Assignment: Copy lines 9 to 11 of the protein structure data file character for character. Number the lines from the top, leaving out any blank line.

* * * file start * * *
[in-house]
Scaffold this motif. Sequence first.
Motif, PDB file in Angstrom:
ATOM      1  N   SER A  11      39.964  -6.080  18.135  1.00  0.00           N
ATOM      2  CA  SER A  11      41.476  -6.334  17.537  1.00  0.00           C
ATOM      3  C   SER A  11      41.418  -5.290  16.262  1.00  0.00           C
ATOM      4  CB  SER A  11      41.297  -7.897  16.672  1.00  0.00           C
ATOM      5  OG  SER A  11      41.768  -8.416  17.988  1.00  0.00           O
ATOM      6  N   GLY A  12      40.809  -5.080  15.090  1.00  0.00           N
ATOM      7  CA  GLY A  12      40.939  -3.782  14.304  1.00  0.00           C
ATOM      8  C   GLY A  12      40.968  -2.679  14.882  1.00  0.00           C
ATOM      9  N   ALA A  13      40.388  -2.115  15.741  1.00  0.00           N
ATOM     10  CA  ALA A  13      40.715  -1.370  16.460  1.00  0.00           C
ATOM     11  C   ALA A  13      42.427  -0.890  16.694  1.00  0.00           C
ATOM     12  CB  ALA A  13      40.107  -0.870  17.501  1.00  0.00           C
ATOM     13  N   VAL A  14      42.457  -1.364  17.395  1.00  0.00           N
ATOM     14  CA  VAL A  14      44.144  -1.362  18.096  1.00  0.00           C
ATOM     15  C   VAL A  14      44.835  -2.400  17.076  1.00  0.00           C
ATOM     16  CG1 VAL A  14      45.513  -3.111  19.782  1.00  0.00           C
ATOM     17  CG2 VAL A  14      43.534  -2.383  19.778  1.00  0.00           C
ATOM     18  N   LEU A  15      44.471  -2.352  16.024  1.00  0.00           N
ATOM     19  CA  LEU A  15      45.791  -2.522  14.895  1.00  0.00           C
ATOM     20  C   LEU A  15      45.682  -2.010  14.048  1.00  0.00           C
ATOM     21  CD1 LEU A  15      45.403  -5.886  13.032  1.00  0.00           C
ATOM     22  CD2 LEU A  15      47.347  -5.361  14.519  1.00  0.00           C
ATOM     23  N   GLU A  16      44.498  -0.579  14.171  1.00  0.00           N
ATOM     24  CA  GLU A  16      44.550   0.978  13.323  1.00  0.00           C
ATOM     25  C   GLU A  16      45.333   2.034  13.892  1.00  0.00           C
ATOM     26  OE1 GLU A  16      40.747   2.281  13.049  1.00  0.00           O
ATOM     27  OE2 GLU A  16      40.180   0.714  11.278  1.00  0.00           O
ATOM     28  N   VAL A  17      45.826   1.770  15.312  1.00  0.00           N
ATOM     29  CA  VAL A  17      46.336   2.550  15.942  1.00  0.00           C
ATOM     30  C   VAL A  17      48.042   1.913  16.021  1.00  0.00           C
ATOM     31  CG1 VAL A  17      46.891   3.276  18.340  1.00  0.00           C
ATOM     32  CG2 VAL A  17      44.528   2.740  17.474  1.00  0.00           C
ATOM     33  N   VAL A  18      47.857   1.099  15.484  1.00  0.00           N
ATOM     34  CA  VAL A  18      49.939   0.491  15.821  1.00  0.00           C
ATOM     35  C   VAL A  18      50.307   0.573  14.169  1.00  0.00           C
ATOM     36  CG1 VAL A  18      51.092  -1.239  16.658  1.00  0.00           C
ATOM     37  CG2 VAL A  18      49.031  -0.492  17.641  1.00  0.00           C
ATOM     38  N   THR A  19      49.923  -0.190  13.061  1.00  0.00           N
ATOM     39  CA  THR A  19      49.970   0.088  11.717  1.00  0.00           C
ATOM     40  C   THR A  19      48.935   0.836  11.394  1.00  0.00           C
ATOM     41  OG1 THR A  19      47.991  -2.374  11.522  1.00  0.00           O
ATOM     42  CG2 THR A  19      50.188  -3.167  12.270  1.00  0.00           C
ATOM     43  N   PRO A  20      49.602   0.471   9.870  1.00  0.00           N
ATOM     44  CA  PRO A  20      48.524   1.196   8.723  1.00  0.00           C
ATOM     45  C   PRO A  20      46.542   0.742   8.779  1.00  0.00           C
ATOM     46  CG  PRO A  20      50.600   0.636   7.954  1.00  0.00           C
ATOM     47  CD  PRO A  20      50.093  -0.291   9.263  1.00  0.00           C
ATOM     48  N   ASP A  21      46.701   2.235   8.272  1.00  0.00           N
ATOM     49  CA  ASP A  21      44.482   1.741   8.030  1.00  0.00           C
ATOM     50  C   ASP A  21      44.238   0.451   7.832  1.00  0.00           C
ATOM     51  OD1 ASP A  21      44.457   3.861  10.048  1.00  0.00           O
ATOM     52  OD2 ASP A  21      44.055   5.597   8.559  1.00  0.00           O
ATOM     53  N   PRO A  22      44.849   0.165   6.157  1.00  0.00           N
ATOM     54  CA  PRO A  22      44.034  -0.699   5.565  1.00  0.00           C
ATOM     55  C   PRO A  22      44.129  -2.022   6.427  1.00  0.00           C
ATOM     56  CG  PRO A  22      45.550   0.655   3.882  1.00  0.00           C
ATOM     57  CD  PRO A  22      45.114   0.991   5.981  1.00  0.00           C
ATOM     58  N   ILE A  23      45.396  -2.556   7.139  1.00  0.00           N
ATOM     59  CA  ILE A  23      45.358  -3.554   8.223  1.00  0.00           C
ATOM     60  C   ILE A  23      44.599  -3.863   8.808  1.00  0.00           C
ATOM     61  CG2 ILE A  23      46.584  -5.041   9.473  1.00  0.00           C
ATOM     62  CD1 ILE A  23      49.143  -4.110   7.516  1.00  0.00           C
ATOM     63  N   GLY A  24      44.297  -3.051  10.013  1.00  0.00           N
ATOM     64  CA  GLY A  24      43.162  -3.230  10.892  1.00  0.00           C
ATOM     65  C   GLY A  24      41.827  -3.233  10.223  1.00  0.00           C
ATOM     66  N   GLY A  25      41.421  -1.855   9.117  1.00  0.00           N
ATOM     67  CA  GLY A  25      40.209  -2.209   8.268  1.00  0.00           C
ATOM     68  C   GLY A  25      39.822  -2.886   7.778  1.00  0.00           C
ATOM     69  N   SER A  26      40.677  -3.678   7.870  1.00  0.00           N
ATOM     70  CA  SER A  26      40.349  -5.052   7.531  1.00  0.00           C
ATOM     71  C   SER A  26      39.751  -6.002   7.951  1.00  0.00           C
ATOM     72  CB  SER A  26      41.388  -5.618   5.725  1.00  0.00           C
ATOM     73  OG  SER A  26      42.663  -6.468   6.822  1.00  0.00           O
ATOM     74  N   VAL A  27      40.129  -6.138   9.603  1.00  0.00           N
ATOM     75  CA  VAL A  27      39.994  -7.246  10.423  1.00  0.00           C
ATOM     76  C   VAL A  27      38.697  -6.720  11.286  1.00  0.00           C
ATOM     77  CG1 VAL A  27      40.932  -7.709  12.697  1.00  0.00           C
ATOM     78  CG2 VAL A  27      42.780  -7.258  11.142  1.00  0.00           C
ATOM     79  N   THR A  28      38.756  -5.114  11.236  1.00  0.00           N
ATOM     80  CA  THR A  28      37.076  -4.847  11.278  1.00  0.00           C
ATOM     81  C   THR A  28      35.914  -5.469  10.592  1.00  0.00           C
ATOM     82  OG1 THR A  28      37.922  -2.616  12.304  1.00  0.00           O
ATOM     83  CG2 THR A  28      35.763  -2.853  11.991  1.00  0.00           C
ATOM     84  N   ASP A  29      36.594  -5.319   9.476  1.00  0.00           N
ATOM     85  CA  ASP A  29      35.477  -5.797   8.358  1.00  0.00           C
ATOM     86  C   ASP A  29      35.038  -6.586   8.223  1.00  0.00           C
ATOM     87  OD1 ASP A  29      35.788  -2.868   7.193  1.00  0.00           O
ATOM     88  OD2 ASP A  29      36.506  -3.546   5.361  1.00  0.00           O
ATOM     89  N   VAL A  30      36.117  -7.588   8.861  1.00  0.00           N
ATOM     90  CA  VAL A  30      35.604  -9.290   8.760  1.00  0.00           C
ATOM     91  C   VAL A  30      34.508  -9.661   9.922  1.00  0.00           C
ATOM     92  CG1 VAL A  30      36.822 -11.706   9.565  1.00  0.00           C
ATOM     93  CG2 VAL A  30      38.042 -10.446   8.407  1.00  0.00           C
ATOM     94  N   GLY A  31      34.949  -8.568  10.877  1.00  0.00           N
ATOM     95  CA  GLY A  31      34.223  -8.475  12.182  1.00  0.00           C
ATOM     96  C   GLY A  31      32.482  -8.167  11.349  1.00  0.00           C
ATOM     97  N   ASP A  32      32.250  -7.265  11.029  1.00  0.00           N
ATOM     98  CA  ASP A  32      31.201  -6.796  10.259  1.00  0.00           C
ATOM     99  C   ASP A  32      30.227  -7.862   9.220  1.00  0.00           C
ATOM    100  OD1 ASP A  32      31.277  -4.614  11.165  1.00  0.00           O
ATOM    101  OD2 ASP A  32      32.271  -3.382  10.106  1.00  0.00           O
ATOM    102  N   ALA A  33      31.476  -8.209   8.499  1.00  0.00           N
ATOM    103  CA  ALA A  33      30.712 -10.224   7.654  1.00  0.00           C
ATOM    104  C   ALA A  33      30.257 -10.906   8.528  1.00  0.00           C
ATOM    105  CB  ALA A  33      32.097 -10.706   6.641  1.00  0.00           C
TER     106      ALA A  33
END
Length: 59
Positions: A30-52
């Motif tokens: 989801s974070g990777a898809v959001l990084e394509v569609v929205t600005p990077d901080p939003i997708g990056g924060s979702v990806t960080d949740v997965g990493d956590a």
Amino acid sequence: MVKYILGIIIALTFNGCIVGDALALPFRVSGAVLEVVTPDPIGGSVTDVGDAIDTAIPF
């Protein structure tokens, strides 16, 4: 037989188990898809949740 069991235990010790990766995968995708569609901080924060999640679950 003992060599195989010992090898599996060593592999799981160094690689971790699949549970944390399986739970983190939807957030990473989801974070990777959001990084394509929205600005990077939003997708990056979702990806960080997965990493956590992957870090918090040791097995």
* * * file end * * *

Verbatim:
ATOM      6  N   GLY A  12      40.809  -5.080  15.090  1.00  0.00           N
ATOM      7  CA  GLY A  12      40.939  -3.782  14.304  1.00  0.00           C
ATOM      8  C   GLY A  12      40.968  -2.679  14.882  1.00  0.00           C